While the story is imaginative and interesting, this book is mediocre. I love me a good mystical/scifi/fantasy book (note the usage of the word ‘good’) but this one was subpar in my estimations. Maybe it is because it was written in 1965 and the genre was just developing, or maybe it is because I don’t personally appreciate Frank Herbert’s writing style, but I really struggled to finish this book.
There were many places where I got stuck and had to re-read the page or paragraph because of unclear writing. There were many attempts at imagery that paled in comparison to what I am assuming I was supposed to imagine. The characters are one faceted for the most part. And the writing is repetitive to the point of being distracting, making the book a longer slower read than need be. There were also a lot of basic grammar errors, like “forgetting to put in end quotations to dialogue
The interesting parts of this book are about survivalist culture, agriculture, and resource conservation, but very little good explanation is given. The crop scientist in me almost threw the book across the room when I finally got to the chapter entitled “the ecology” of Dune, and it was actually just a history of male scientists.
Moreover, this book is misogynistic, chauvanist, and heterocentric. The only gay person in the book is an evil 450Lb psychopath who rapes young male slaves. Most of the men have concubines, but each woman is bound to one man.
The dialogue in MANY chapters can be summed up as: “I’m a man!” “No, I’m a man and I say that this other man is not a man to be trusted” “What kind of a man would doubt my manly word?” the protagonist thought to himself…now what would a NOBLE man with formidable social training do? and stood and spoke to the group “now, as a man, I demand we keep the peace and that is what makes me the biggest man of you all” ….this will continue for roughly twenty pages. Intermittently they sing a poorly written song and drink spice coffee.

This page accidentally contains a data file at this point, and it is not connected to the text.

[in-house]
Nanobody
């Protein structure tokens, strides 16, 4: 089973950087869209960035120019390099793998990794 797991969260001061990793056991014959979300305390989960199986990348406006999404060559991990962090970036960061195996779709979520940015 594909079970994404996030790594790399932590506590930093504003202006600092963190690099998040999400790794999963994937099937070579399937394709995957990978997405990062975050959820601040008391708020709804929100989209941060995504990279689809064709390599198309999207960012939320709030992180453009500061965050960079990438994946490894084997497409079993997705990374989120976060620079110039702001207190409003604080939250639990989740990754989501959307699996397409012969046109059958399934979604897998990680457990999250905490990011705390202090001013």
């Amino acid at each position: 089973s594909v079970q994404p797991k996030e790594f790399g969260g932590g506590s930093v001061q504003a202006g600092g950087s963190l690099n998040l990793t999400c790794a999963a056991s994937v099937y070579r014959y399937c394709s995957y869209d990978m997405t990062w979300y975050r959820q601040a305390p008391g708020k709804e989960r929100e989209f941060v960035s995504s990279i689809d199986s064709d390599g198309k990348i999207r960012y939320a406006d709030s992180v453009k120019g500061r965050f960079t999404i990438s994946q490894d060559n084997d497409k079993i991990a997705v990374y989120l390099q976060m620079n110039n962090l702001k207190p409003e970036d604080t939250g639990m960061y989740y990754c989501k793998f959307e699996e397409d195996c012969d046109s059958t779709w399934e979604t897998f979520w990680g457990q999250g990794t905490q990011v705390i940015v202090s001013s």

Overall, I am glad I finished the book because I had always wanted to see what all the fuss was about, and I may at some point read a sequel, but to be honest the only reason I didn’t put it down is because I am in this reading challenge group.
3 comments on “Dear DUNE fanatics, please don’t hate me.”
UGH! Well, thank you for saving me the time in reading this book. Not that I had a particular yearning to do so, but I haven’t read many books that people constantly talk about (“Dune” surely fitting into that category). I sometimes feel like I’m missing out on the mainstream classics.
LikeLiked by 2 people
It’s good you got it over with- it’s one of the benefits of a challenge I think. But, I am sorry you had to go through it. Thanks for saving me the suffering!
Dune is near and dear to my heart. I have read it oodles of times and still enjoy it. Perhaps like a well worn sweater or a bad 80’s movie I just don’t notice the shortcomings of the writing. At least you gave it a try and made it to the end. You can’t love every story.